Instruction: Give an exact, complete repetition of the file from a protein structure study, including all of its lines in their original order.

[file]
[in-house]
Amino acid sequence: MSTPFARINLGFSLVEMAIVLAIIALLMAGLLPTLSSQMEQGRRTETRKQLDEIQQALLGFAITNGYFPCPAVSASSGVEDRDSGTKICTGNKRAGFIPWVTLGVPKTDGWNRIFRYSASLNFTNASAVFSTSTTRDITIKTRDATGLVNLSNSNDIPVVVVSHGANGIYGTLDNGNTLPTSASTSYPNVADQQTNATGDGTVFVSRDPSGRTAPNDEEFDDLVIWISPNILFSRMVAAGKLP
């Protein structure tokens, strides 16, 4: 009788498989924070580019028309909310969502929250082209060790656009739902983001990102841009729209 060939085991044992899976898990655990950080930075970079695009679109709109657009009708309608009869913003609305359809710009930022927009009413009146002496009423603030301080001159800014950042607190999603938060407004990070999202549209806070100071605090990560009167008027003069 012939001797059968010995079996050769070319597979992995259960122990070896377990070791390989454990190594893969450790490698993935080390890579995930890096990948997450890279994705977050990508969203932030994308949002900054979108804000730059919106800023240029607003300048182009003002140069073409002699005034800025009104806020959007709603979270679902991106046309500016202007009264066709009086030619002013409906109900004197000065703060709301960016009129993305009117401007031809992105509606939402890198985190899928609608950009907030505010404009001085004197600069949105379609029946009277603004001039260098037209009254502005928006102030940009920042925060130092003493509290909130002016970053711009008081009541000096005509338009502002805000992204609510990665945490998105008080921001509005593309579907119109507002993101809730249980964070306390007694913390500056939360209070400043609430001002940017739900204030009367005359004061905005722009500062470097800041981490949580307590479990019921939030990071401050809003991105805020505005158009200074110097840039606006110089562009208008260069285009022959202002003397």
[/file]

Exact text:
[in-house]
Amino acid sequence: MSTPFARINLGFSLVEMAIVLAIIALLMAGLLPTLSSQMEQGRRTETRKQLDEIQQALLGFAITNGYFPCPAVSASSGVEDRDSGTKICTGNKRAGFIPWVTLGVPKTDGWNRIFRYSASLNFTNASAVFSTSTTRDITIKTRDATGLVNLSNSNDIPVVVVSHGANGIYGTLDNGNTLPTSASTSYPNVADQQTNATGDGTVFVSRDPSGRTAPNDEEFDDLVIWISPNILFSRMVAAGKLP
């Protein structure tokens, strides 16, 4: 009788498989924070580019028309909310969502929250082209060790656009739902983001990102841009729209 060939085991044992899976898990655990950080930075970079695009679109709109657009009708309608009869913003609305359809710009930022927009009413009146002496009423603030301080001159800014950042607190999603938060407004990070999202549209806070100071605090990560009167008027003069 012939001797059968010995079996050769070319597979992995259960122990070896377990070791390989454990190594893969450790490698993935080390890579995930890096990948997450890279994705977050990508969203932030994308949002900054979108804000730059919106800023240029607003300048182009003002140069073409002699005034800025009104806020959007709603979270679902991106046309500016202007009264066709009086030619002013409906109900004197000065703060709301960016009129993305009117401007031809992105509606939402890198985190899928609608950009907030505010404009001085004197600069949105379609029946009277603004001039260098037209009254502005928006102030940009920042925060130092003493509290909130002016970053711009008081009541000096005509338009502002805000992204609510990665945490998105008080921001509005593309579907119109507002993101809730249980964070306390007694913390500056939360209070400043609430001002940017739900204030009367005359004061905005722009500062470097800041981490949580307590479990019921939030990071401050809003991105805020505005158009200074110097840039606006110089562009208008260069285009022959202002003397």